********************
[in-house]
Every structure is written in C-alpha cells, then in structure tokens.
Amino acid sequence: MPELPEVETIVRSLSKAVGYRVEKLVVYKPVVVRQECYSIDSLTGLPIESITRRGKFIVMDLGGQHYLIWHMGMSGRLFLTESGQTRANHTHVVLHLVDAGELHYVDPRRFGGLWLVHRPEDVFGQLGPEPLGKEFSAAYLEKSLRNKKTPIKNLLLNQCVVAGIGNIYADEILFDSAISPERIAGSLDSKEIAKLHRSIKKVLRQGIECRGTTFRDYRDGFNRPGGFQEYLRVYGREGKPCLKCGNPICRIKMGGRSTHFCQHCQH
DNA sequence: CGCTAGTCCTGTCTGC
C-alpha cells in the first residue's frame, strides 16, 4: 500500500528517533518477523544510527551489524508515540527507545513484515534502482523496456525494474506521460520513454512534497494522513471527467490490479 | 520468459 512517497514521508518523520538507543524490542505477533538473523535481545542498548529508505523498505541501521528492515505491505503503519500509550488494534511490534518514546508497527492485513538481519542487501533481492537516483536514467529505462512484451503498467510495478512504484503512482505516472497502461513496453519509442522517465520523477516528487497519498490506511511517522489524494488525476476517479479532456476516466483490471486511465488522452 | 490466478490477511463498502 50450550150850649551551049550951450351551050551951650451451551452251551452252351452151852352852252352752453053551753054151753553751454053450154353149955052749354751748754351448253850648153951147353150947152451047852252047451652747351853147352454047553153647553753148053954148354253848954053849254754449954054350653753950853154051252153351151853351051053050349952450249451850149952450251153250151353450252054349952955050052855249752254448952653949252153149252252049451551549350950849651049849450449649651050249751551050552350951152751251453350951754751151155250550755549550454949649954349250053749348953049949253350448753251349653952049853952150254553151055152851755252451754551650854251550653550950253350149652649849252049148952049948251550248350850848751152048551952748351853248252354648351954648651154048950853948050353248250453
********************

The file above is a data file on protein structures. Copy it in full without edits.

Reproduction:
[in-house]
Every structure is written in C-alpha cells, then in structure tokens.
Amino acid sequence: MPELPEVETIVRSLSKAVGYRVEKLVVYKPVVVRQECYSIDSLTGLPIESITRRGKFIVMDLGGQHYLIWHMGMSGRLFLTESGQTRANHTHVVLHLVDAGELHYVDPRRFGGLWLVHRPEDVFGQLGPEPLGKEFSAAYLEKSLRNKKTPIKNLLLNQCVVAGIGNIYADEILFDSAISPERIAGSLDSKEIAKLHRSIKKVLRQGIECRGTTFRDYRDGFNRPGGFQEYLRVYGREGKPCLKCGNPICRIKMGGRSTHFCQHCQH
DNA sequence: CGCTAGTCCTGTCTGC
C-alpha cells in the first residue's frame, strides 16, 4: 500500500528517533518477523544510527551489524508515540527507545513484515534502482523496456525494474506521460520513454512534497494522513471527467490490479 | 520468459 512517497514521508518523520538507543524490542505477533538473523535481545542498548529508505523498505541501521528492515505491505503503519500509550488494534511490534518514546508497527492485513538481519542487501533481492537516483536514467529505462512484451503498467510495478512504484503512482505516472497502461513496453519509442522517465520523477516528487497519498490506511511517522489524494488525476476517479479532456476516466483490471486511465488522452 | 490466478490477511463498502 50450550150850649551551049550951450351551050551951650451451551452251551452252351452151852352852252352752453053551753054151753553751454053450154353149955052749354751748754351448253850648153951147353150947152451047852252047451652747351853147352454047553153647553753148053954148354253848954053849254754449954054350653753950853154051252153351151853351051053050349952450249451850149952450251153250151353450252054349952955050052855249752254448952653949252153149252252049451551549350950849651049849450449649651050249751551050552350951152751251453350951754751151155250550755549550454949649954349250053749348953049949253350448753251349653952049853952150254553151055152851755252451754551650854251550653550950253350149652649849252049148952049948251550248350850848751152048551952748351853248252354648351954648651154048950853948050353248250453